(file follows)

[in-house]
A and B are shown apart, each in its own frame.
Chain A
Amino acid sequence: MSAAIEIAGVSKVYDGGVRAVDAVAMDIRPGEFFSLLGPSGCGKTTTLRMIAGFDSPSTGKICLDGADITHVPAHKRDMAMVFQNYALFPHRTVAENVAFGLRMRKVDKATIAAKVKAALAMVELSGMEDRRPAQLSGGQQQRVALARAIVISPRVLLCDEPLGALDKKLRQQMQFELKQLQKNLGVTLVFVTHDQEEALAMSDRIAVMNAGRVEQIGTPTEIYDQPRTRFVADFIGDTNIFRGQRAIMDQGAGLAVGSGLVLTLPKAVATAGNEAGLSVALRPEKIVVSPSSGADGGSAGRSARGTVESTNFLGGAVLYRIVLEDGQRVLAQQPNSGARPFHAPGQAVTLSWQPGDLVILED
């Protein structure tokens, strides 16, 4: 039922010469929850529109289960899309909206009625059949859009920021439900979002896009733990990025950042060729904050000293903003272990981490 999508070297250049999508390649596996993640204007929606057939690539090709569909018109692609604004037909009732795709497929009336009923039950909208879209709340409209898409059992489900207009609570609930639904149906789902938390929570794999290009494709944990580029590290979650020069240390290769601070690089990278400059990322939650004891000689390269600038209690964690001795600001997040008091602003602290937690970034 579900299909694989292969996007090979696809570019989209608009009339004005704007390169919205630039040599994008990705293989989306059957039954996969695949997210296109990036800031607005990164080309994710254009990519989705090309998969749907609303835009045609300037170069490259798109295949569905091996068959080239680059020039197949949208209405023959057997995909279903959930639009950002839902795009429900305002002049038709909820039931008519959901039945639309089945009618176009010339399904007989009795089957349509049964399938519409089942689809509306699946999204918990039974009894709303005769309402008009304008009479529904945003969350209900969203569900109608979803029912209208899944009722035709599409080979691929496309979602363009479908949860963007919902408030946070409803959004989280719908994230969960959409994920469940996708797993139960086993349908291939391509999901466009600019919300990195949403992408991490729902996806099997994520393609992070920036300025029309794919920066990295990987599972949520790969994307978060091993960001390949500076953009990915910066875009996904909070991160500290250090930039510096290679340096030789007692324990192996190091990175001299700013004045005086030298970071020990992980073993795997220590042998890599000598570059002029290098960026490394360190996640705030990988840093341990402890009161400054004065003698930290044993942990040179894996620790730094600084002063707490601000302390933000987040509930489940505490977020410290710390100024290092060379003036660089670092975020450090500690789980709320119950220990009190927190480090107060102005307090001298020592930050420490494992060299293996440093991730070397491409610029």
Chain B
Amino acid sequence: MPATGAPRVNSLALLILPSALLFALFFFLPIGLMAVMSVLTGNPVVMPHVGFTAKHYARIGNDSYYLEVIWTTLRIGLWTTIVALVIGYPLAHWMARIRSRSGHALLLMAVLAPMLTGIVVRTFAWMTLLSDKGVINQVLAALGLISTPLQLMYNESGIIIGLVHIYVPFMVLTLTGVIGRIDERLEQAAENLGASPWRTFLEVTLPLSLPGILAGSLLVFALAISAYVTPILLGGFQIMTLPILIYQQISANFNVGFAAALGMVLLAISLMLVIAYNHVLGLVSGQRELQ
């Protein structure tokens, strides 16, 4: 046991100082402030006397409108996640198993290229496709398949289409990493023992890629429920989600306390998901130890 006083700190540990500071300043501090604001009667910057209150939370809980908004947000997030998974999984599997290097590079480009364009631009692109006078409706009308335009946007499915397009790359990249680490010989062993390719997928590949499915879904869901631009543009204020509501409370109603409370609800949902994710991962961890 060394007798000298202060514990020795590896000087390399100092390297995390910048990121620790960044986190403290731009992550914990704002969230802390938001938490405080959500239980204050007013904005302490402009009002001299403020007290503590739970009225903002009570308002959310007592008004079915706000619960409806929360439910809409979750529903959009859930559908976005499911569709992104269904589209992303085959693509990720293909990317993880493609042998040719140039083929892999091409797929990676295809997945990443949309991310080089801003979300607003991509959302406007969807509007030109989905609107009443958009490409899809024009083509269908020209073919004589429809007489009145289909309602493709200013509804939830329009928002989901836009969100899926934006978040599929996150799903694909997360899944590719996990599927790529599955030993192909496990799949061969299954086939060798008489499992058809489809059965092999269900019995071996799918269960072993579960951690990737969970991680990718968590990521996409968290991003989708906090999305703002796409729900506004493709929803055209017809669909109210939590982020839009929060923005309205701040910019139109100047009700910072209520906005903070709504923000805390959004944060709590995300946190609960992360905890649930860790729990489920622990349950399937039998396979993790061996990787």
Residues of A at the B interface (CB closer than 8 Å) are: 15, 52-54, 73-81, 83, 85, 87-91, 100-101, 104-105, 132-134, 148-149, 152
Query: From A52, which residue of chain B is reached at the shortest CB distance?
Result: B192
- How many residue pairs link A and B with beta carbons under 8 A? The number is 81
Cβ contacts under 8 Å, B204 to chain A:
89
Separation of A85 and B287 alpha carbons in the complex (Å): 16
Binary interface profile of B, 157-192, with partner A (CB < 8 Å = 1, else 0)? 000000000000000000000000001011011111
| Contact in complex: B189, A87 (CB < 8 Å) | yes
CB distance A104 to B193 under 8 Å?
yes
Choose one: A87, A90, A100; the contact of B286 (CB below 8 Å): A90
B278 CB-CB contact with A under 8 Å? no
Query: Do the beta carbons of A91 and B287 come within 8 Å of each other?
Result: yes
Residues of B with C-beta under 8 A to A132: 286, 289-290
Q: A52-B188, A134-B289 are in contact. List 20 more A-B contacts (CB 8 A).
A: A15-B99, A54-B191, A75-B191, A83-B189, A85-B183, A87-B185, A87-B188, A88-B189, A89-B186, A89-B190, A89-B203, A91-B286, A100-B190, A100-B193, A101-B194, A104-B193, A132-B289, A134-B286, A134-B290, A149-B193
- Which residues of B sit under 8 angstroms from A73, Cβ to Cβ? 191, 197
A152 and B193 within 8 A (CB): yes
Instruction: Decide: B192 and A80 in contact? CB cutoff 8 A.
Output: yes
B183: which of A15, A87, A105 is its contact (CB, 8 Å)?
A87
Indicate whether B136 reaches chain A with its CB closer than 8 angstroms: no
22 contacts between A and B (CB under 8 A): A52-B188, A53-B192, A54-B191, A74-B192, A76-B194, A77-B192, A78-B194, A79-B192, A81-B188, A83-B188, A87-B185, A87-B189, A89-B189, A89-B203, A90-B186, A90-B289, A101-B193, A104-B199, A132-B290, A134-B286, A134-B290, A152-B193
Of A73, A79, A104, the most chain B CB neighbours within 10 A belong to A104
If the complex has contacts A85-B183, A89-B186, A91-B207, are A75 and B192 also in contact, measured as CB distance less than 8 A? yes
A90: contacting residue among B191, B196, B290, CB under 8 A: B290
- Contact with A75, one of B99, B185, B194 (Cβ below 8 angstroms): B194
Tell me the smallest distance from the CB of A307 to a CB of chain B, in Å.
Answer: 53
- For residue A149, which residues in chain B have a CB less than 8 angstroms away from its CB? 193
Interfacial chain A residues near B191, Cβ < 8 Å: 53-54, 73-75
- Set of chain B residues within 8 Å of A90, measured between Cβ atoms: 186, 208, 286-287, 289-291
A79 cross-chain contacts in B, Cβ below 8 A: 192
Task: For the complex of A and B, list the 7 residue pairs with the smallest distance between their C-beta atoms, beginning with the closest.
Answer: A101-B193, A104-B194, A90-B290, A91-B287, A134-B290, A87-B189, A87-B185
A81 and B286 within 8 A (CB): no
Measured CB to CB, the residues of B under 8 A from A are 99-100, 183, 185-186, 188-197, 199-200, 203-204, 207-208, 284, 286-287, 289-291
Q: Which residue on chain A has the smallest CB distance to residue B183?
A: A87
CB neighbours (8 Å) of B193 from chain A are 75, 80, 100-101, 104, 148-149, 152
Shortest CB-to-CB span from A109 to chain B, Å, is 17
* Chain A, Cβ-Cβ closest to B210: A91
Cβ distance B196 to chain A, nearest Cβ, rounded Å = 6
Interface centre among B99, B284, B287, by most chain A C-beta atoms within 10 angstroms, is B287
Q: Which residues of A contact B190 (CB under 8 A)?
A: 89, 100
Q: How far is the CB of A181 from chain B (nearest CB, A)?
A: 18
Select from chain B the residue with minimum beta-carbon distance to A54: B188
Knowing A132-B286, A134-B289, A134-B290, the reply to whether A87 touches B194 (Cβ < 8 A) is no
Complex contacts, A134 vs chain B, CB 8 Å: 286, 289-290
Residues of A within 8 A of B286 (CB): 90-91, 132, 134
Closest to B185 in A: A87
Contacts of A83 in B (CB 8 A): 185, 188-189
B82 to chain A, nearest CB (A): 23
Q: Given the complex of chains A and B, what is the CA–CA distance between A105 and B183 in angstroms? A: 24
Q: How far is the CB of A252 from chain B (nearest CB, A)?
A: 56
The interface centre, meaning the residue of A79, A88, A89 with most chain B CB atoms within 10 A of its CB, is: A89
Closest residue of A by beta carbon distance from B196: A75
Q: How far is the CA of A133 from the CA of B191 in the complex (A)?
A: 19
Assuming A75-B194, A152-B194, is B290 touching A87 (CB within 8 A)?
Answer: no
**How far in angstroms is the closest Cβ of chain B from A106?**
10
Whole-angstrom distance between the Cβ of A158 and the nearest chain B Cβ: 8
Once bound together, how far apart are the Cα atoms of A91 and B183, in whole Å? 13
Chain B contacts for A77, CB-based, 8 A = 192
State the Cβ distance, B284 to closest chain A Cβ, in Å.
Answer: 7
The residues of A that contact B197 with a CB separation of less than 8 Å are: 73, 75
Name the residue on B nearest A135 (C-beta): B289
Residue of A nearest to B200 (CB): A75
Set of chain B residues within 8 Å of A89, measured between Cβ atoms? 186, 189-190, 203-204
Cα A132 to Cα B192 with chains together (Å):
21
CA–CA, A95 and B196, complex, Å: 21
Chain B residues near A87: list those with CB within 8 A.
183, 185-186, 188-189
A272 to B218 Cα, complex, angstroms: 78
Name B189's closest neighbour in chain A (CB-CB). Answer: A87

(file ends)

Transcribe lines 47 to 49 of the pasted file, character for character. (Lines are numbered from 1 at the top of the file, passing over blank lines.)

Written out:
A81 and B286 within 8 A (CB): no
Measured CB to CB, the residues of B under 8 A from A are 99-100, 183, 185-186, 188-197, 199-200, 203-204, 207-208, 284, 286-287, 289-291
Q: Which residue on chain A has the smallest CB distance to residue B183?